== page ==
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A patient’s medical data may contain some of the most highly sensitive information possible. And while there are legal provisions for medical professionals to share this information for clearly specified purposes, if it were to end up in the wrong hands the consequences are serious. New technology makes information sharing simpler than ever but also carries inherent risks — so this means that there may always be a place for traditional paper records. Here are three current challenges to protecting patient data that medical professionals must overcome.
The Data Protection Act 1998 provides the current UK regulatory framework for ensuring personal information is protected. But it will be superseded in part by the EU General Data Protection Regulation (GDPR) which comes into force in May 2018.
This new legislation means that all organisations will be held to a higher standard of accountability.
And it clearly enshrines an individual’s right to request that information held by data controllers is provided to them upon request — and to a tighter timescale than is currently the case for Subject Access Requests.
So medical establishments must ensure that systems are embedded that allow patient information to be easily located and collated.
Recent large-scale cyberattacks to Britain’s NHS are well-documented — but the vulnerabilities of healthcare systems present a global problem.
Theresa Meadows manages cybersecurity for 7,000 employees in medical facilities across Texas.
She recognises that as hospitals migrated patient paper records to electronic systems, their cybersecurity provisions didn’t keep pace with increasingly sophisticated threats.
And that means that hackers can not only delete or destroy records, but potentially shut down lifesaving medical equipment.
There seems to be little financial gain for hackers determined to disrupt medical facilities — organisations like the NHS have backup systems that can aid recovery.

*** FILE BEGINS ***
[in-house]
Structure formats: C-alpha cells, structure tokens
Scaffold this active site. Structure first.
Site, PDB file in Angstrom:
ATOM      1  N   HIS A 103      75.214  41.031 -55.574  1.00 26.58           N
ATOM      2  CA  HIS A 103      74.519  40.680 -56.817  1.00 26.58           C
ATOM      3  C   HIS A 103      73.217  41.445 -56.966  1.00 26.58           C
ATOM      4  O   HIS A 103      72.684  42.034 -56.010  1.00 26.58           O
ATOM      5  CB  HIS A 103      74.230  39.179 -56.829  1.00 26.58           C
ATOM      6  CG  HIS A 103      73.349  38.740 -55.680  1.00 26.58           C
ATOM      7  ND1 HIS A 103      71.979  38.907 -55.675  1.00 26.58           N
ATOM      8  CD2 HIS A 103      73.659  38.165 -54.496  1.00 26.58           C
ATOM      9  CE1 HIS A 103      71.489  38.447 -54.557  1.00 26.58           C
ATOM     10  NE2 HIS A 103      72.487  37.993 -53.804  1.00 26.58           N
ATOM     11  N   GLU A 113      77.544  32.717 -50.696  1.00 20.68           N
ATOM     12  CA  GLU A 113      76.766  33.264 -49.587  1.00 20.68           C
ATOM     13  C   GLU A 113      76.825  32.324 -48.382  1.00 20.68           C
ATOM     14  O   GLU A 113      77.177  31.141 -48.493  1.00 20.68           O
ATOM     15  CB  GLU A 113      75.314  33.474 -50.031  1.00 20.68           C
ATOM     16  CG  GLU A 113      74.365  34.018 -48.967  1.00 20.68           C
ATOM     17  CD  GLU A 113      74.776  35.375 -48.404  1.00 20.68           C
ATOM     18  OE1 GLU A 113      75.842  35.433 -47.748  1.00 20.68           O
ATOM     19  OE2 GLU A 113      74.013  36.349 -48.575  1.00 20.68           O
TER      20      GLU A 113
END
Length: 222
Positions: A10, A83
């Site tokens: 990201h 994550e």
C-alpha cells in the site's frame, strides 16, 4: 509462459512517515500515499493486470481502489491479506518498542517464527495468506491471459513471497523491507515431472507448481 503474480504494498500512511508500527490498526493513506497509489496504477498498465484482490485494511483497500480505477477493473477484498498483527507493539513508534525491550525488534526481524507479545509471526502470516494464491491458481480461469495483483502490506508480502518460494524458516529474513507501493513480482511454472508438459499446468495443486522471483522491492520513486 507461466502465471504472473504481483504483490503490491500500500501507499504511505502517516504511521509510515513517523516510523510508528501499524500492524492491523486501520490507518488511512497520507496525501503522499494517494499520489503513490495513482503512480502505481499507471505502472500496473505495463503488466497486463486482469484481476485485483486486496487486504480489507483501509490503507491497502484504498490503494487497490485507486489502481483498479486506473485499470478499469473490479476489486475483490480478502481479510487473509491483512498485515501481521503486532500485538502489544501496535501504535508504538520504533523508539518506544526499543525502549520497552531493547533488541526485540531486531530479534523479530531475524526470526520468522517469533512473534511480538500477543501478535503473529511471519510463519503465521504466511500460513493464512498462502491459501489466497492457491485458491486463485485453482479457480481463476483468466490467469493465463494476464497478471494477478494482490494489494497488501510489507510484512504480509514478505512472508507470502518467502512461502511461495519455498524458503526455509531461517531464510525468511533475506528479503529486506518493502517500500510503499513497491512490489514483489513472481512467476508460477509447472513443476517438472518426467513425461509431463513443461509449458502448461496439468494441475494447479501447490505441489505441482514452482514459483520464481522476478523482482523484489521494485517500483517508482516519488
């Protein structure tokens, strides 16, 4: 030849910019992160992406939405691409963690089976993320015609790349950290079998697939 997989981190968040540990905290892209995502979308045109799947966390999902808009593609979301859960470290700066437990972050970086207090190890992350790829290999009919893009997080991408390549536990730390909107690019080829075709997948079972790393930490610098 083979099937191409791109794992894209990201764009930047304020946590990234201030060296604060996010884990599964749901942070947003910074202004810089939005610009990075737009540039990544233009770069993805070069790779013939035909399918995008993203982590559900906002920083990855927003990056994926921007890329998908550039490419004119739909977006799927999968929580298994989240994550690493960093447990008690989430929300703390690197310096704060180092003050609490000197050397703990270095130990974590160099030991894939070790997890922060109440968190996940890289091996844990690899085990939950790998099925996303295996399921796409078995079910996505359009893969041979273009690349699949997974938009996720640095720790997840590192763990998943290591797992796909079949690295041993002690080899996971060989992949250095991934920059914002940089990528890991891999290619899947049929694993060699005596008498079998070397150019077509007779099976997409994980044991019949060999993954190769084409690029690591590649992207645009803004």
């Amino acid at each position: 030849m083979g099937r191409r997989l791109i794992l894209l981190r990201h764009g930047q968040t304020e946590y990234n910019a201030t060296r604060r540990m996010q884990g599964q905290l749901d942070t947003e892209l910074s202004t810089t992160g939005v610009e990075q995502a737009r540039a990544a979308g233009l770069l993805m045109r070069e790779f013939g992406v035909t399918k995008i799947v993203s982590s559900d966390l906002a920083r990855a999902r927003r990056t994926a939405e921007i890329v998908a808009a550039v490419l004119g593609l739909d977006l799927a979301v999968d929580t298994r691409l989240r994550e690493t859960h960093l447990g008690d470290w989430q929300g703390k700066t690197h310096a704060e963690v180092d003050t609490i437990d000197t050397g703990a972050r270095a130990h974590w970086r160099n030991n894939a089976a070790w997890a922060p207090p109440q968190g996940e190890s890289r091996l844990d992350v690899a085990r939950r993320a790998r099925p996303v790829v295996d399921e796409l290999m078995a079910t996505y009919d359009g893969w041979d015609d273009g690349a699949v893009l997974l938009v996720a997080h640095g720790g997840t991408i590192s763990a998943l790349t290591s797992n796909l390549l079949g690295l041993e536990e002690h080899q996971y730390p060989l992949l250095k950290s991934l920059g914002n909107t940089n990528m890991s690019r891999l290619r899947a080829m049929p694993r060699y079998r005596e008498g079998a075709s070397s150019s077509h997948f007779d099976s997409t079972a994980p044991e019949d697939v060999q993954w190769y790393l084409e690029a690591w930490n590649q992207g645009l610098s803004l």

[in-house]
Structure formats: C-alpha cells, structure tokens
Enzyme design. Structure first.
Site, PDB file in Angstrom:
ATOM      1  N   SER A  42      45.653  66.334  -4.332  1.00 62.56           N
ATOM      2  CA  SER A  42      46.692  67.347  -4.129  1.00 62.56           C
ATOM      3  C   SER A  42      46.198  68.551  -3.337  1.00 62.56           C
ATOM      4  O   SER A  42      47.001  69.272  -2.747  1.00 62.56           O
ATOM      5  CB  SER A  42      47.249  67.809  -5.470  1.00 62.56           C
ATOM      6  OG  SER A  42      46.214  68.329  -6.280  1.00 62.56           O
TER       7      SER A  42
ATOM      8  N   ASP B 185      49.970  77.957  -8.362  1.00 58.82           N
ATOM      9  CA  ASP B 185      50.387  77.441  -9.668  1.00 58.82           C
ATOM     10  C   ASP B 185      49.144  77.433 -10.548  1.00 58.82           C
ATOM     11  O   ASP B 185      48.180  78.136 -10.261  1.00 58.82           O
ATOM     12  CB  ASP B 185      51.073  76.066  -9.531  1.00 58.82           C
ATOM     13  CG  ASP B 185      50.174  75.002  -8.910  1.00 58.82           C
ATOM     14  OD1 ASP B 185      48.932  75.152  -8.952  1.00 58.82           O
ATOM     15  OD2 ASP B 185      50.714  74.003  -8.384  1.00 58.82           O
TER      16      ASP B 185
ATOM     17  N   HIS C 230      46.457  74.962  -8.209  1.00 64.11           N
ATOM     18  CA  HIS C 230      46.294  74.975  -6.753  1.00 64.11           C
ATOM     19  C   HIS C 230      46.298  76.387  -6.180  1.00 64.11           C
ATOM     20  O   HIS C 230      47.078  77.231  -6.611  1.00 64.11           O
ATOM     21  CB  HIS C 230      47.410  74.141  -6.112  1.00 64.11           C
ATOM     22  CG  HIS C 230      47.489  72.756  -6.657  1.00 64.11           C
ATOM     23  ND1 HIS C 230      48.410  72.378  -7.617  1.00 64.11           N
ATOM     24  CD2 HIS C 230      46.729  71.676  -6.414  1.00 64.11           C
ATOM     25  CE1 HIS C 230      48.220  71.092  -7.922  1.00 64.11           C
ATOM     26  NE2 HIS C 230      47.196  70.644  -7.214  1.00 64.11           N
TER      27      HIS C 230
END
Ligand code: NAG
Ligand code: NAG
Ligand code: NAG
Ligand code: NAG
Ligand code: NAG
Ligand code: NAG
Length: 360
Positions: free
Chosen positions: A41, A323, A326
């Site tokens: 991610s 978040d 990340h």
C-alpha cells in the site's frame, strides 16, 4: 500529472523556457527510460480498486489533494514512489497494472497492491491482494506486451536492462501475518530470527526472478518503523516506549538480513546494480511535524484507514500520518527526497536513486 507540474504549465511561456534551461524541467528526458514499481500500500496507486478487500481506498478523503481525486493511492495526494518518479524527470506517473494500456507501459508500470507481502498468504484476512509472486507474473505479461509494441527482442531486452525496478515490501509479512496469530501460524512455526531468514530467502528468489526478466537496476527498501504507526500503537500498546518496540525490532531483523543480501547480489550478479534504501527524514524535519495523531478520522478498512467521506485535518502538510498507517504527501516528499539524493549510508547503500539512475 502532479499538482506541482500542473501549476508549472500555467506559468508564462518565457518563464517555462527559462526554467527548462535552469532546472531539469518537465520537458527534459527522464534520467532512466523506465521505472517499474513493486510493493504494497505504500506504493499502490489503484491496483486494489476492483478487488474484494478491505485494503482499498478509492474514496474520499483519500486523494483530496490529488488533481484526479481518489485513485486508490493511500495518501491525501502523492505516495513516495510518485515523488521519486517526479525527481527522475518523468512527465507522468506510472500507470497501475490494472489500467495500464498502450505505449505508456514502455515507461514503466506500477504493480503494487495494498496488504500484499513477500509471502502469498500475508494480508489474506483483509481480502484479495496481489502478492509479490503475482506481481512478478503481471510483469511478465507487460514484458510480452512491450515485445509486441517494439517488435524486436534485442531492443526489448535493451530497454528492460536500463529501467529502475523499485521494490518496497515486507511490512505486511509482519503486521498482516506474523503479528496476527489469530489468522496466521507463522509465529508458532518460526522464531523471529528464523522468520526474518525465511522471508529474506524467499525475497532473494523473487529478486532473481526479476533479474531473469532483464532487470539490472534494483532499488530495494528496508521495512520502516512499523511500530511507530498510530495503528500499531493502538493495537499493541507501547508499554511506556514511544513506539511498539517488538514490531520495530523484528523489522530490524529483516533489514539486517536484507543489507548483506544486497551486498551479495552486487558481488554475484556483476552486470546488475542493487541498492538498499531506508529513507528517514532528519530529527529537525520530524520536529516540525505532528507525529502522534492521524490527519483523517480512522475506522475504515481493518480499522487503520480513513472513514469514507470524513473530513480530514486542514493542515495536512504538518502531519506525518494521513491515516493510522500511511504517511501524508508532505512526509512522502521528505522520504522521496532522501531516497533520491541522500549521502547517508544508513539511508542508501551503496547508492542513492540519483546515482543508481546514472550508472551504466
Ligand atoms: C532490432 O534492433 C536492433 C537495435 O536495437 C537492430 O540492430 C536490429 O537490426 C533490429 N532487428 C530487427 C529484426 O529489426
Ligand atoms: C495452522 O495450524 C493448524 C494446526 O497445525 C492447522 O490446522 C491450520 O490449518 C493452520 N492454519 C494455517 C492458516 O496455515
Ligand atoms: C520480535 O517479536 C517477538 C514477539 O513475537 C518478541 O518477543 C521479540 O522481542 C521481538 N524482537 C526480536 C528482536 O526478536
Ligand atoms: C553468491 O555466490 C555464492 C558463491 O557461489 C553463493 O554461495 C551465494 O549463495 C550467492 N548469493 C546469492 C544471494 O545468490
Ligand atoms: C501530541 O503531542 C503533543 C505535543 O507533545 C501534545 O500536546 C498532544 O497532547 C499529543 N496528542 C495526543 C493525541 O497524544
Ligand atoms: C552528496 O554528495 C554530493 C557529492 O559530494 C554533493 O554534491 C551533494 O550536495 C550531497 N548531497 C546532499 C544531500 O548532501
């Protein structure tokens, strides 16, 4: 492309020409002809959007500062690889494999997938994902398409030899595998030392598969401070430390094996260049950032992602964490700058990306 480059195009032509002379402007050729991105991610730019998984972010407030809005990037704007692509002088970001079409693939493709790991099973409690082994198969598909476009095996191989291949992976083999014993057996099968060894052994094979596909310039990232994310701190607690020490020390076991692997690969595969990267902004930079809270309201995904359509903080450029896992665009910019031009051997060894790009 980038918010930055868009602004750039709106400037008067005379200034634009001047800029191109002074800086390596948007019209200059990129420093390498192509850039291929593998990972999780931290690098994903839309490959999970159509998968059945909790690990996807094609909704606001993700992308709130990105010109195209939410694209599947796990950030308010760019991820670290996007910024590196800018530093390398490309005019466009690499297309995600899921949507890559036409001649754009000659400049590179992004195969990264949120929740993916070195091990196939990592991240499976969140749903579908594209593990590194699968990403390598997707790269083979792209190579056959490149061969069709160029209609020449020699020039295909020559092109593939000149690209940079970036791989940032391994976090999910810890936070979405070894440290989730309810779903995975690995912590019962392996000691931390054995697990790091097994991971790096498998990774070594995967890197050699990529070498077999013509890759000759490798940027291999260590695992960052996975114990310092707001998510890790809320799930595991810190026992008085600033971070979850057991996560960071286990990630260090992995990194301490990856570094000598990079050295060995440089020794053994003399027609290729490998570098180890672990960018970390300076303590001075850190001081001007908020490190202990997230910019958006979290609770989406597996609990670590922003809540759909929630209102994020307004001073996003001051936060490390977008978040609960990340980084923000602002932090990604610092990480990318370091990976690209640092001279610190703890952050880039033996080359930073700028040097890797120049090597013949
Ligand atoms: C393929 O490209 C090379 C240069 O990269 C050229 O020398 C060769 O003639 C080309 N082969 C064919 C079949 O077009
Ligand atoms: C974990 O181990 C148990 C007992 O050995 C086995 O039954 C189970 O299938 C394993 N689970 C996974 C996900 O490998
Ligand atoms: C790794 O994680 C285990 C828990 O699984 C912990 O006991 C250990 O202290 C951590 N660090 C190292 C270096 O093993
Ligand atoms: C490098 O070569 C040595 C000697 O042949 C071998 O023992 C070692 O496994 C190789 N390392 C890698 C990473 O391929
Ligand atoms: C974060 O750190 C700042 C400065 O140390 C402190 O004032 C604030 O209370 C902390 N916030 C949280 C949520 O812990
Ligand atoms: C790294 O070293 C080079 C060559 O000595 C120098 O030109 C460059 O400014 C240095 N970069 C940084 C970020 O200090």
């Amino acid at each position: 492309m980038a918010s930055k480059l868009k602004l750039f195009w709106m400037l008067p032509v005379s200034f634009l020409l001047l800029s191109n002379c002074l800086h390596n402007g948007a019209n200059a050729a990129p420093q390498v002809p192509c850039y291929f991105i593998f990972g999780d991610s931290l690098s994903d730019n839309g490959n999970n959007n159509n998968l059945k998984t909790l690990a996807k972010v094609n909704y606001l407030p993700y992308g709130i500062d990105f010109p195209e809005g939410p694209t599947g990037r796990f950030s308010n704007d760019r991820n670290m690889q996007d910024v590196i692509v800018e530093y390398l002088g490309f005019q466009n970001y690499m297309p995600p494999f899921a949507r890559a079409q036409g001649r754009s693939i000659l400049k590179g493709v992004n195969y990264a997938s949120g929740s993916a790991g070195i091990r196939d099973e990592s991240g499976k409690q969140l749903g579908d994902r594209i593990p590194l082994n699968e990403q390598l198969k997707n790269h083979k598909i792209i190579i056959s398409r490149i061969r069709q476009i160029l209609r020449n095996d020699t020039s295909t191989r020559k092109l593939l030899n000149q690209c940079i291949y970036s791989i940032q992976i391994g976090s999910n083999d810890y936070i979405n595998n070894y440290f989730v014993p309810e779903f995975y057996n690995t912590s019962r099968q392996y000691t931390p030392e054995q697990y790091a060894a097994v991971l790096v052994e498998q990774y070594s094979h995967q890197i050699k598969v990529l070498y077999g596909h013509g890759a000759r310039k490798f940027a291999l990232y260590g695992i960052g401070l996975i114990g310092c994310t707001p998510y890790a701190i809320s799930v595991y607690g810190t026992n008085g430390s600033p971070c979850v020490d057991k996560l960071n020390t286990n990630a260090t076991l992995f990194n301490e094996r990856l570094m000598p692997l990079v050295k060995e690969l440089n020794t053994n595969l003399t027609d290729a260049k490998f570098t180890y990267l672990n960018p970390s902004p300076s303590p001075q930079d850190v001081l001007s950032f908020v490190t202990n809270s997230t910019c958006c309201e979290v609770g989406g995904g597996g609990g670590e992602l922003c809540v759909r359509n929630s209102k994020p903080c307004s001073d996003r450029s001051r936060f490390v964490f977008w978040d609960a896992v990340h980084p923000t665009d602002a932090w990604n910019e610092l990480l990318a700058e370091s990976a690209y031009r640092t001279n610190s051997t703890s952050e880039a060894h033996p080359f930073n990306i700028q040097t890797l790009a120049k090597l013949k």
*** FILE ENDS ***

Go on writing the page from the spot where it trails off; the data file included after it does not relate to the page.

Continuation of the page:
But some observers speculate that healthcare has become a target because it’s part of any nation’s critical infrastructure— disruption causes chaos and also offers gateways into targets like transportation in the wider network.
So, fully integrating cybersecurity into existing IT strategies could help hospitals combat attacks in the future.
A successful and sustained attack on electronic record systems could mean that some patients’ medical records are lost permanently. So it’s wise for medical facilities such as GP surgeries to retain some paper records and ensure that they’re stored safely and securely.
This might mean going back to basics and investing in simple physical storage solutions like cabinets with lockable drawers. And when a patient requests their personal information as part of a Subject Access Request, they’re entitled to physical as well as electronic records — so efficient physical storage is still essential.
Staff should also ensure that their policy for the retention, sharing and destruction of patient’s records is legally complaint.And data controller organisations should be sure that contracts with external data processor firms clarify the remits and responsibilities of both parties.
Most medical organisations are well aware of the importance of protecting patient data. But advances in technology, as well as more stringent regulations, mean challenges are constantly evolving.
Is your data protection policy robust? Share your advice in the comments section below.
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